The Philippines has always been a meeting place of the East and the West. Our history and culture have stirred Malay, Spanish, American and Chinese influences for centuries. Our Filipino identities are founded on these cross-cultural encounters, making for fertile soil for Philippine creativity and innovation.
Despite all of the migrating and re-rooting in my life and my family’s, I am and always will be Filipino. It has not always been easy to say, as this appreciation needed time to develop. Like many first and second generation Canadians, immersed in a culture so far from our own, growing up here was more than challenging. How do we belong and address our difference at the same time? What parts of this foreign social landscape do we adopt? How much of our parents do we want to be in this new place?
In my own seeking, I discovered truths to questions like these at the table over ulam and kanin. Sinigang, pancit, adobo, sisig, dinuguan, lechon, balut … dishes like these have brought comfort and familiarity in times of wandering, satisfying cravings I never realized I had. History and tradition have been revealed in their preparation and family ties have been strengthened over them. I am realizing that with each spoonful, I am piecing together who I am, so I invite you, my friends, my kapatid, to join me in this feasting. Come and stay for A Slice of Home.
My favourite thing about sharing a meal is the long lingering afterwards–when everyone’s plates are all smeared, table splattered and covered in crumbs. If there are any leftovers, it’s gone cold but no one really cares. Everyone’s laughing too loudly or the secrets spilled keep everyone quiet. Time loosens its hold and people indulge themselves in each other’s company. Then someone remembers the tea or coffee and the pie they picked up, stretching whatever this exchange is called.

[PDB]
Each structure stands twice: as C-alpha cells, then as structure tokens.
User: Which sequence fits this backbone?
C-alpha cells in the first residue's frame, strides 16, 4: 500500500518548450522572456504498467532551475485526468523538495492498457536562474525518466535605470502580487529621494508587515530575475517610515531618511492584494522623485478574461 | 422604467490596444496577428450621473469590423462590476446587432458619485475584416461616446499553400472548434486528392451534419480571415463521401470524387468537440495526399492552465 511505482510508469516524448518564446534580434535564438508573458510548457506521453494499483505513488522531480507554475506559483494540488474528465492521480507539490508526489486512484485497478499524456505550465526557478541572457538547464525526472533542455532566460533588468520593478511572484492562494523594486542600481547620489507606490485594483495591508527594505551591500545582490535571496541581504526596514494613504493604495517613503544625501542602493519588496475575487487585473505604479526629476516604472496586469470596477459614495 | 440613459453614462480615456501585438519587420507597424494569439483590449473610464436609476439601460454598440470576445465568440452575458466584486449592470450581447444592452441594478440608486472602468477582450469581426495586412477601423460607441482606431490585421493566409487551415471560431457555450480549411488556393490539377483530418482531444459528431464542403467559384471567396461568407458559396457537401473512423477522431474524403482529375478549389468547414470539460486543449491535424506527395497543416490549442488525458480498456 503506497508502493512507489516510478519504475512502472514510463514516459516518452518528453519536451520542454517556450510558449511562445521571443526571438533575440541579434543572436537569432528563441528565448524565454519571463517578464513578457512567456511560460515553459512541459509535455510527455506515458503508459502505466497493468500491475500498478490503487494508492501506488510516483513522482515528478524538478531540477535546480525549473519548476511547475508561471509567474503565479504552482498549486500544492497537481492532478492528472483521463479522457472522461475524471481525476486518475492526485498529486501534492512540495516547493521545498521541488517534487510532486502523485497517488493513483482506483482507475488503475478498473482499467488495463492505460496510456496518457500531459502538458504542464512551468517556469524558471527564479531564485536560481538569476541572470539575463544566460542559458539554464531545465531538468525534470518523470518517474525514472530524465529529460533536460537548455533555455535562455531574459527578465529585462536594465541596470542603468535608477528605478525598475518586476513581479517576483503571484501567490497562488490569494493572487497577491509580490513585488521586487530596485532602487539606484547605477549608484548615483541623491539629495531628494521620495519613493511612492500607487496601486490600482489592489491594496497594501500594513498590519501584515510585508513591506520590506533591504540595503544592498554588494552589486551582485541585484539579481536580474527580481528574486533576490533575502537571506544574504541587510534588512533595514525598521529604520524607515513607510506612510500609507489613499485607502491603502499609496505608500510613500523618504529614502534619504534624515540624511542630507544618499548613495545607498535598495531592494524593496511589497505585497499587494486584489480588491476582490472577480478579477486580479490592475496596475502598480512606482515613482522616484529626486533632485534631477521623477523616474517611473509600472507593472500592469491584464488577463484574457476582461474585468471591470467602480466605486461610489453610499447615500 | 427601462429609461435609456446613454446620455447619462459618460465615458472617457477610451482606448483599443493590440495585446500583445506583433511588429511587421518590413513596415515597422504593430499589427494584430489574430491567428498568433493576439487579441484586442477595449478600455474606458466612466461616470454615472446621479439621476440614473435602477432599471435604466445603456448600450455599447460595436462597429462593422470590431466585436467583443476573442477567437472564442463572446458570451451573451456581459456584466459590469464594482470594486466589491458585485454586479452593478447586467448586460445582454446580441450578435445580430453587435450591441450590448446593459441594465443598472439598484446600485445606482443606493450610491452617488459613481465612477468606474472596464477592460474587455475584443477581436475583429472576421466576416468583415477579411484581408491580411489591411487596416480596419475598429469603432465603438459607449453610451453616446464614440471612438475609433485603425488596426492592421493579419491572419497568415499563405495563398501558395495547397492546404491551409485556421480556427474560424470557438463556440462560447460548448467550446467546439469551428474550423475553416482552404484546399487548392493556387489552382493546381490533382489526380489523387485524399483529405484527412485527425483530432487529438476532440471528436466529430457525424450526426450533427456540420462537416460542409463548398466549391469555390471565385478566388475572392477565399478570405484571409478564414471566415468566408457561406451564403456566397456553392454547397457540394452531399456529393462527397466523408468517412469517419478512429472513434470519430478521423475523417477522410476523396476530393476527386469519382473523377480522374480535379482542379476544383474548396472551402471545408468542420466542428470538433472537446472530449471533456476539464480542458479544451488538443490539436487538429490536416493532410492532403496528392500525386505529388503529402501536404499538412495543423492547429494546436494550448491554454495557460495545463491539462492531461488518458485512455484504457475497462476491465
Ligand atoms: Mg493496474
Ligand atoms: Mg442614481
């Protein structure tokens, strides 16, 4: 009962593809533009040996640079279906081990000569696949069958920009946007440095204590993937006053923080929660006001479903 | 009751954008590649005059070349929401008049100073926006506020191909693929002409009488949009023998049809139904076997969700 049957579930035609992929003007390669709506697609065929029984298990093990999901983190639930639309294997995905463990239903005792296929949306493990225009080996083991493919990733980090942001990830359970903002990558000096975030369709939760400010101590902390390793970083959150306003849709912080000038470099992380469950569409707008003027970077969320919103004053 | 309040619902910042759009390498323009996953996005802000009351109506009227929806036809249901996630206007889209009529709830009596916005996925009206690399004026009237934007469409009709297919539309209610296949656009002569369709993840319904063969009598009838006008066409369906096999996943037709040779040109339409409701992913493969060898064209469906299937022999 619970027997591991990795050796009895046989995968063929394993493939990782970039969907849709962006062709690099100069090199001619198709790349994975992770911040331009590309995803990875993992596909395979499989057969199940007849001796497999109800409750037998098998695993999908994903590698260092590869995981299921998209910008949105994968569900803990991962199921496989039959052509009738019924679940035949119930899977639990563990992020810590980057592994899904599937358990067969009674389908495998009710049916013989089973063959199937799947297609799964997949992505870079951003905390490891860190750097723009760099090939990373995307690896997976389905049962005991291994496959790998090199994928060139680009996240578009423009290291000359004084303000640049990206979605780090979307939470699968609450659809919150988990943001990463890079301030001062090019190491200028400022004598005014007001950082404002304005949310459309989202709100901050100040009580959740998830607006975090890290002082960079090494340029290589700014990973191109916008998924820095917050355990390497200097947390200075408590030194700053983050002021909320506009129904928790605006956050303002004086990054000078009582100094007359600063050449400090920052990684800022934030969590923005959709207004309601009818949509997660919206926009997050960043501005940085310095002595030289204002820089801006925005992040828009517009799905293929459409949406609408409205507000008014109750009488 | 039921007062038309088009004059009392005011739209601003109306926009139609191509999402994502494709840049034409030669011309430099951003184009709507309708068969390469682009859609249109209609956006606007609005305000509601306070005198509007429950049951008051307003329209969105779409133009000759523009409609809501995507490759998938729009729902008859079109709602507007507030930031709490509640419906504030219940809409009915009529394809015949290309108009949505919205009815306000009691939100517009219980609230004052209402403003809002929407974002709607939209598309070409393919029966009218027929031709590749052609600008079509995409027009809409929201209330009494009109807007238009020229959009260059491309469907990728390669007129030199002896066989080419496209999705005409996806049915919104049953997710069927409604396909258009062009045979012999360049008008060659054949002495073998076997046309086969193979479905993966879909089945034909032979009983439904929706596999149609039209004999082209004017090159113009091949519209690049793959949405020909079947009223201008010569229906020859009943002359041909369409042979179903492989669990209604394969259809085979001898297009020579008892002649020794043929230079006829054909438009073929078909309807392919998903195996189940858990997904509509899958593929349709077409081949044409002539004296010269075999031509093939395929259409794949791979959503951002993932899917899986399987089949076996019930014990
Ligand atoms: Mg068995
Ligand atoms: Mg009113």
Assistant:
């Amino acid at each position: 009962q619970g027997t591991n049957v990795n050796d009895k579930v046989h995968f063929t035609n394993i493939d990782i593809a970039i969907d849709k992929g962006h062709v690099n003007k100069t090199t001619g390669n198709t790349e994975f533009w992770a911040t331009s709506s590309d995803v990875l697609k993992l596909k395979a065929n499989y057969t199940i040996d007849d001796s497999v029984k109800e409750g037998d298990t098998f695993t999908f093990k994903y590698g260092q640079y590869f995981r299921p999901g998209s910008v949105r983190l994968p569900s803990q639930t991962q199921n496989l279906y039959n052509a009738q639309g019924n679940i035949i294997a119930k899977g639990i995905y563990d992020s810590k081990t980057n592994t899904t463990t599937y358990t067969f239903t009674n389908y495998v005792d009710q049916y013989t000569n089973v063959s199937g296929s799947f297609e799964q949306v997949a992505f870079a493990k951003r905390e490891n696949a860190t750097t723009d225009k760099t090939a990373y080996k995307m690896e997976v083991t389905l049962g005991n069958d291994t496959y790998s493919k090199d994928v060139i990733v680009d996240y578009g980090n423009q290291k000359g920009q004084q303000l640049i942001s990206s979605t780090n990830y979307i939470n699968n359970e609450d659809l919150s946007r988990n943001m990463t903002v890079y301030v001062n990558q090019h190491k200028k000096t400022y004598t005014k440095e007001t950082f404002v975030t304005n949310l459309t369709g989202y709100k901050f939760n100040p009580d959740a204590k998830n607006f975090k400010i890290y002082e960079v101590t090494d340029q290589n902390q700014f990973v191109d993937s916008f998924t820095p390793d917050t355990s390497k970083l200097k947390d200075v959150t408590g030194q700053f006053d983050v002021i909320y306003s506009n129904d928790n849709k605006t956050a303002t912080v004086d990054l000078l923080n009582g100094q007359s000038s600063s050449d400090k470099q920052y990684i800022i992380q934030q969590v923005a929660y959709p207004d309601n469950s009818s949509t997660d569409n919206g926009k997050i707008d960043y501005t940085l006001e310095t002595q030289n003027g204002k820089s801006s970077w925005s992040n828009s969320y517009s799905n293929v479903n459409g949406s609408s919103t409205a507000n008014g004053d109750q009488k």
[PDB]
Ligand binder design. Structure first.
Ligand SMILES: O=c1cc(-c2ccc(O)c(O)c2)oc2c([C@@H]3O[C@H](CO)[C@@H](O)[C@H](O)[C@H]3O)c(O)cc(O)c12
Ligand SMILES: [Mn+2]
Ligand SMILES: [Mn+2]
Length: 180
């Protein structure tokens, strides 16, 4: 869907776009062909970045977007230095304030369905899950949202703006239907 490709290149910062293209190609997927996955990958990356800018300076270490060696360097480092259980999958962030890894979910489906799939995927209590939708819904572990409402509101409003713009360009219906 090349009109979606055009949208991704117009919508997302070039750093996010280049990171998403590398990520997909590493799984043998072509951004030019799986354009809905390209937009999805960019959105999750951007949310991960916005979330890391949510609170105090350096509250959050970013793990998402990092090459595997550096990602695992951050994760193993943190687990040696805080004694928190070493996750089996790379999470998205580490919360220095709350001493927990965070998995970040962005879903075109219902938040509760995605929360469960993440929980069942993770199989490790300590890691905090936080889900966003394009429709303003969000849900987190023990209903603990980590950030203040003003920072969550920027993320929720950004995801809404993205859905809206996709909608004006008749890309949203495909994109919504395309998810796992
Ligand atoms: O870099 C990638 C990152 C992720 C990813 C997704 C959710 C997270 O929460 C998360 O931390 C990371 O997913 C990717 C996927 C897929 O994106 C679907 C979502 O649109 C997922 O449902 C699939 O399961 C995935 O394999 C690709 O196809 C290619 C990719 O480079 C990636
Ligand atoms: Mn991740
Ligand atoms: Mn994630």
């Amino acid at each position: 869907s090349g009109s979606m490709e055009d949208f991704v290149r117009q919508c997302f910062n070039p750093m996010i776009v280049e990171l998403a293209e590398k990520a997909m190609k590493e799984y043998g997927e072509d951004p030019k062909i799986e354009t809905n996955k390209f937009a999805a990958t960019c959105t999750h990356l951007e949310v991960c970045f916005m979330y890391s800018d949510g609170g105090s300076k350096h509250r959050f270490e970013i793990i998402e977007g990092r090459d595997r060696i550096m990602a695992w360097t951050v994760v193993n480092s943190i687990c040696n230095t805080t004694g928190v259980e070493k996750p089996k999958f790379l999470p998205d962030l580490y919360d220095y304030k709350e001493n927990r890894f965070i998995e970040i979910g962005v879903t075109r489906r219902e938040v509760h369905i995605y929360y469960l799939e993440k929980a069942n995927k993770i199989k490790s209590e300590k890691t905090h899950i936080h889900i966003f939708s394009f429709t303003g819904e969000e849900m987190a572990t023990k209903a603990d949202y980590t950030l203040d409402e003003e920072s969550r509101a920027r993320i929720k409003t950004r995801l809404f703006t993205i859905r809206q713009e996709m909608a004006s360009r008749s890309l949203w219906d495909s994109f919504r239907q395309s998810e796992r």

My dad had not been back to Manila since 1995. We moved to Riyadh after I was born and then to Toronto, along with my siblings. He had many reasons that had kept him from home and his family but last January he decided they were not good enough anymore. We bought two tickets for Manila, and were up in the air in two weeks. I guess when the heart knows, it just knows. I had not been back since I was eleven, so I too, was ready to meet my family again, ready to see the place where I came from and to be enveloped in this culture I craved.
It was an incredible four weeks. Every day I learned something new about my relatives, my country and in turn, myself. The language became sweet, the histories grew valuable and the holiday ripened into a wonderful experience. Most of the learning was done at the table over Filipino favourites and oh, so much rice – kare-kare, talaba, liempo, pancit, adobong puti, laing, tapsilog, palabok, lechon, mangga, pan de sal with matamis na bao. Cousins, titas and titos all became my “teachers’, and I, their student, wanted to consume everything. It is unbelievable how much food grounds us and connects us with other people and places. The language became sweet, the histories grew valuable and the holiday ripened into a wonderful experience.
A lot of my fondest memories from our visit were complemented by something I ate. Like when we scanned beautiful Boracay by parasail and traced its surrounding islands on a crazy speedboat. Though it left us a little empty and lightheaded, the sisig, sinigang and adobong pusit wrapped our insides like ribbons. My first mangosteen was magical- I peeled and ate it as I stood on top of these steps leading to an overcrowded tiangge mall in Divisoria. I was in a trance watching customers haggle, children play, motorists weave in and around pedestrians. It was all moving in this strange and dangerous rhythm, while I just swayed and ate. There was another night my uncle took us to a Seafood Paluto. We threaded through aisles of freshly caught goods, proudly displayed on mounds of ice. We were called at and tempted but only stopped by his favourite sukis and picked up all of these wonderful squids, shrimps, crabs and fish.
None of the gold has faded since we have been back. Oh, if you only knew how many cups of tea and slices of pie I had just to stretch these moments with them. We may have set the table as strangers, but we have left it as kin.